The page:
I have to confess that while seeing BLU mobiles on sale online before, I’ve never actually had the chance to hold one, let alone test one. That is until today.
This is when American based BLU has launched the Vivo 6 officially in the UK, one day after celebrating Thanksgiving at home. By doing so, early adopters reading this on launch day can enjoy a huge deal-of-the-day discount on Black Friday.
The 5.5-inch smartphone goes on sale for one day only at just £184.99, before returning to its standard retail price of £239.99.
As prices of many phones seems to be creeping upwards, even from brands originally known as providing exceptional value for money, this is very welcome.
Of course, I hope the discounted price might happen again from time to time, as has been the case with phones sold from the likes of Wileyfox and Honor.
The key specs of the Vivo 6 are quite impressive for a phone that has many similarities to handsets costing three times as much.
- A 7.6mm Aluminium Unibody shell
- 5.5-inch Full HD display with Gorilla Glass 3 (401PPI)
- Octo-Core 1.8GHz MediaTek P10 SoC with 4GB of RAM
- 64GB onboard storage + microSD expandability (up to 256GB)
- 4G Dual SIM (second SIM or memory card, not both)
- Cat 6 4G modem (150/50Mbps)
- 13-megapixel main camera with Phase Detection AF (PDAF)
- 8-megapixel selfie camera
- Fingerprint sensor
- 3,130mAh battery with Quick Charging
- Supplied with a screen protector fitted (plus spare), clear flexible case and USB On-the-Go adapter
Look and feel
The phone itself – like many Chinese made phones – has ‘borrowed’ design cues from other phones already on the market. The result is a phone with a physical look that looks like a hybrid of Samsung and Apple.
When switched on, there’s a further melding with a user interface customisation that borrows very heavily from iOS, with a settings menu that you pull up from the bottom (and only notifications when pulling down from the top).
If getting used to Huawei’s Emotion UI has been a struggle for some, this could really take a lot more getting used to. Except, perhaps, if coming from an iPhone.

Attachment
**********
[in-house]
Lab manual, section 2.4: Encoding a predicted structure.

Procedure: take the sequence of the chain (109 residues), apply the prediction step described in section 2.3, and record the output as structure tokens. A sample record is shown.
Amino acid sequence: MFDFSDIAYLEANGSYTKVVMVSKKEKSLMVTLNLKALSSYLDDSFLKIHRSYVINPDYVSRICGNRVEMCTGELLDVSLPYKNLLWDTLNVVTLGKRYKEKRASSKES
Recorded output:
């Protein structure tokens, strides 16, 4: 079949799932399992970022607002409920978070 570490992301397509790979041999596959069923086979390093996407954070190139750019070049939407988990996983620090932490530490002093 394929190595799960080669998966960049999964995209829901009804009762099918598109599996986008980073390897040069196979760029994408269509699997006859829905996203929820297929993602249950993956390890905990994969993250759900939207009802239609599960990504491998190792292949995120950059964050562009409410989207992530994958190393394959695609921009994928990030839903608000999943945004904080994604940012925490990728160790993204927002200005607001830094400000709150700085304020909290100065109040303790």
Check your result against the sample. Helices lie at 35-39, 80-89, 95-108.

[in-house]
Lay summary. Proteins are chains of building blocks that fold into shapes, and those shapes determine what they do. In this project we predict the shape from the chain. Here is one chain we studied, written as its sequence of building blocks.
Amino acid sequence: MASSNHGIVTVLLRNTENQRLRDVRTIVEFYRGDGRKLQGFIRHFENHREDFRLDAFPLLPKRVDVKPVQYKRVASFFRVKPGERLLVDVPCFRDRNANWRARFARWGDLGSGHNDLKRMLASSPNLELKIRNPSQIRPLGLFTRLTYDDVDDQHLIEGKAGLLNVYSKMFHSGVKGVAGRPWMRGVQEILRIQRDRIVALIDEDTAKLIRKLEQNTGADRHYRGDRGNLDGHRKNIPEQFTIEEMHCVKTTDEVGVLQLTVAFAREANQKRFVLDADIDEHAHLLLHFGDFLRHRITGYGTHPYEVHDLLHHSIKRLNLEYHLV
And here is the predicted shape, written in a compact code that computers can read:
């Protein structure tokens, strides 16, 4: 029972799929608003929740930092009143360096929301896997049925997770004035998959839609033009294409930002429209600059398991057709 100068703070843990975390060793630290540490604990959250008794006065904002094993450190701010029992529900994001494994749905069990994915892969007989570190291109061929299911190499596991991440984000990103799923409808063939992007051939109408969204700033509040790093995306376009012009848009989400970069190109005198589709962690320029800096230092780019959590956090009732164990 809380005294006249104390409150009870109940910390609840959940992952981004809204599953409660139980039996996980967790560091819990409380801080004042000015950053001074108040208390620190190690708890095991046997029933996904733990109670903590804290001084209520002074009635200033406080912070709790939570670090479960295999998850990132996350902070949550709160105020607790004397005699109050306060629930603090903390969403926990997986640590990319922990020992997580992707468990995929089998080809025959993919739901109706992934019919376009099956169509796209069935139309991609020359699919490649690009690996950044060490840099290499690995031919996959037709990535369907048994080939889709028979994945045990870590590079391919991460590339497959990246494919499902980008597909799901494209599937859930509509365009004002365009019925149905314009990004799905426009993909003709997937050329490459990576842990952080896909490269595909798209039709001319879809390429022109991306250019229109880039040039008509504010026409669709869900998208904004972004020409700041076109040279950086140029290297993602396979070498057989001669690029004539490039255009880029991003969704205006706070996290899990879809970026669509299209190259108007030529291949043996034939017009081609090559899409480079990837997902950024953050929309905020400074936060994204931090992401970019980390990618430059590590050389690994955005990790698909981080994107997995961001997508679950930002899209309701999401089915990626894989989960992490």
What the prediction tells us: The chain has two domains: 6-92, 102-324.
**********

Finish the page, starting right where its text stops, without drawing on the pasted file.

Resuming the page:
Naturally, there’s a learning curve to everything and it didn’t make more than a few days to get used to, or should I say remember, the differences. Do I like them? Well, it’s too early to say, and that will wait for a later review.
I also haven’t had many experiences with Android phones featuring a physical home key, or even capactive shortcut keys. Most phones I use have the fingerprint sensor on the back, but whether on the front or back, it’s equally quick to unlock the phone securely.
Capacitive buttons mean a bit more on-screen real estate for other things, and you can swap the functions for left and right-handed usage.
Another feature is an Edge Bar, which can be activated by sliding left or right on the fingerprint reader. This brings you quick access to settings, a notepad and other things that you can configure manually.
Some of you will love, or hate, this setup but with an update to Nougat pending (it ships with Marshmallow) there could be further tweaks in the months ahead. Let’s consider how Huawei finally changed Emotion UI, adding an app drawer, with its latest version.
For now, while you can’t change everything, Nova Launcher or similar is at least a quick way to get a more native-Android looking home screen, app drawer and shortcuts. Go into settings and you’ll be relieved to see that things aren’t heavily changed, while you also have the option to theme your phone with differing colour schemes.
For a low-cost phone, you can’t perhaps expect the world from the camera. And, in my early tests, the 13-megapixel camera isn’t stand-out amazing. Indeed, it’s a pretty average affair and took quite a long time to focus on things as I wandered around locally taking some very quick test photos (a proper gallery will come soon, when I can try things out in a range of different conditions).
The specifications on the box refer to Phase Detection Autofocus (PDAF), while the official specs also state laser autofocus. With nowhere for such a laser to be positioned on the back, I have to assume the latter is a mistake.